Roundtable Weekly
House Lawmakers Focus on Institutional Ownership of Single-Family Homes
July 1, 2022
House Committee on Financial Services - image

Rent increases, financial barriers to homeownership, and the growing role of institutional investors in single-family home markets were the focus of two hearings in the House this week. Committee Democrats blamed corporate landlords for exacerbating affordable housing problems as Republicans emphasized high inflation and excessive government spending as the root causes. (Axios, June 29 and GlobeSt, June 30)

Views from the House

  • During the June 28 House Financial Services Subcommittee on Oversight & Investigation hearing, “Where Have All the Houses Gone? Private Equity, Single Family Rentals, and America’s Neighborhoods,” Chair Al Green (D-TX) stated policymakers are examining “… troubling issues regarding the mass predatory purchasing of single-family homes by private equity firms, including the adverse impact predatory purchasing has had on first-time home buyers, the working class, and people of color.” (July 28 House committee hearing memo)

  • Subcommittee Ranking Member Tom Emmer (R-MN) countered that an 8.6% inflation rate is the cause of current affordable housing challenges—and Congress should focus instead on lowering the cost of living for Americans. (Hearing video, June 28)
Sam Chandan testifying
  • A June 29 full committee hearing entitled, “Boom and Bust: Inequality, Homeownership, and the Long-Term Impacts of the Hot Housing Market” included testimony from Sam Chandan (above)—Director of the Center for Real Estate Finance Research and Professor of Finance, NYU Stern School of Business—and a member of The Real Estate Roundtable’s Research Committee. (July 29 House committee hearing memo)

  • Chandan cited Freddie Mac research published this month that shows, “Nationally, the institutional investor share of the market has risen since just prior to the pandemic, but still only accounts for approximately 2.5 percent of home sales. By way of comparison, individual investors and other non-institutional investors account for 24 percent of the market, nearly ten times the institutional share.” (Chandan’s testimony and hearing video, June 29)

  • Chandan also noted that housing equity gaps and the shortfall of affordable housing can only be addressed with a long-term, multifaceted approach that includes reforming local building codes and zoning, improving the supply of construction materials, and investments in public transportation that open new land development opportunities.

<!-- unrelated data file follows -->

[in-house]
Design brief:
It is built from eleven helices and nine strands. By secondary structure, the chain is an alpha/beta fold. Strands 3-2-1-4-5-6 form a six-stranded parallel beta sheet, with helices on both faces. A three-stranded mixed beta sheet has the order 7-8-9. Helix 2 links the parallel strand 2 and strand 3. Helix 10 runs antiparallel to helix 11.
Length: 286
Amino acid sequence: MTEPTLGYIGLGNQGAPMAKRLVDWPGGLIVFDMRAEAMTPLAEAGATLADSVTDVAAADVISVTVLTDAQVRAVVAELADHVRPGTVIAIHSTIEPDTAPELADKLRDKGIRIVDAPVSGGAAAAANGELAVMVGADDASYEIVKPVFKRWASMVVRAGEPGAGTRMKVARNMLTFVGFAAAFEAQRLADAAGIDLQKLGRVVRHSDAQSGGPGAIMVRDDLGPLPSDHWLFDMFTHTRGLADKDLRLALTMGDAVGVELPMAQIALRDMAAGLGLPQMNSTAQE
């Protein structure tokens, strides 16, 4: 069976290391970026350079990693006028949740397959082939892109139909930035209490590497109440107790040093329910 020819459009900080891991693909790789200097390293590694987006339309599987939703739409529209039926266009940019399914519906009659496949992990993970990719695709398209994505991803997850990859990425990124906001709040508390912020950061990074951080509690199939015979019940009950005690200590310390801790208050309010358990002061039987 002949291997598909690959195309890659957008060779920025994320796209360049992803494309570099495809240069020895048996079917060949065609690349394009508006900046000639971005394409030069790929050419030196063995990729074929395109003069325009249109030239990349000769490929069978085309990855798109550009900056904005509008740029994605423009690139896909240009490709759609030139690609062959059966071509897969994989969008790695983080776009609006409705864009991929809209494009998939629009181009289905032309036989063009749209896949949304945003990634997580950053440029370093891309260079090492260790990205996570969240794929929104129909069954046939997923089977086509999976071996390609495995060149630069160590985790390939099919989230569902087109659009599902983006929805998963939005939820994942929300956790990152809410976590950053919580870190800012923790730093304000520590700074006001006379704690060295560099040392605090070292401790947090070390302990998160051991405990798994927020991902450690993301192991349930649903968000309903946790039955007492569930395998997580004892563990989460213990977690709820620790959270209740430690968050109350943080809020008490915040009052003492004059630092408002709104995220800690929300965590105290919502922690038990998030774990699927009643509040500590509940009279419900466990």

Jeff DeBoer - Real Estate Roundtable President and CEO
  • David Howard, executive director of the National Rental Home Council, submitted a statement for the hearing record that included: “As a multitude of data consistently shows, the answer to the question posed in the title of this week’s hearing, ‘Where Have All the Houses Gone?’ is they were never built. Simply stated, the supply of housing in the United States has not kept pace with demand.”

  • Roundtable President and CEO Jeffrey DeBoer, above, stated, “Expanding the supply and availability of affordable housing deserves a coordinated local, state, and national policy action plan. Local zoning restrictions, permitting issues, and the oversized influence of NIMBYs—coupled with high and now significantly rising labor and material costs—are the true factors limiting housing supply, and in turn, increasing housing costs.”

The Roundtable’s 2022 Annual Report states, “The affordable housing shortage is one of the most important and complex political problems in America, and The Roundtable continues to work with our national real estate organization partners to jointly advocate for policies that will help enhance the supply of safe, affordable housing.” (Housing section, 2022 Annual Report)

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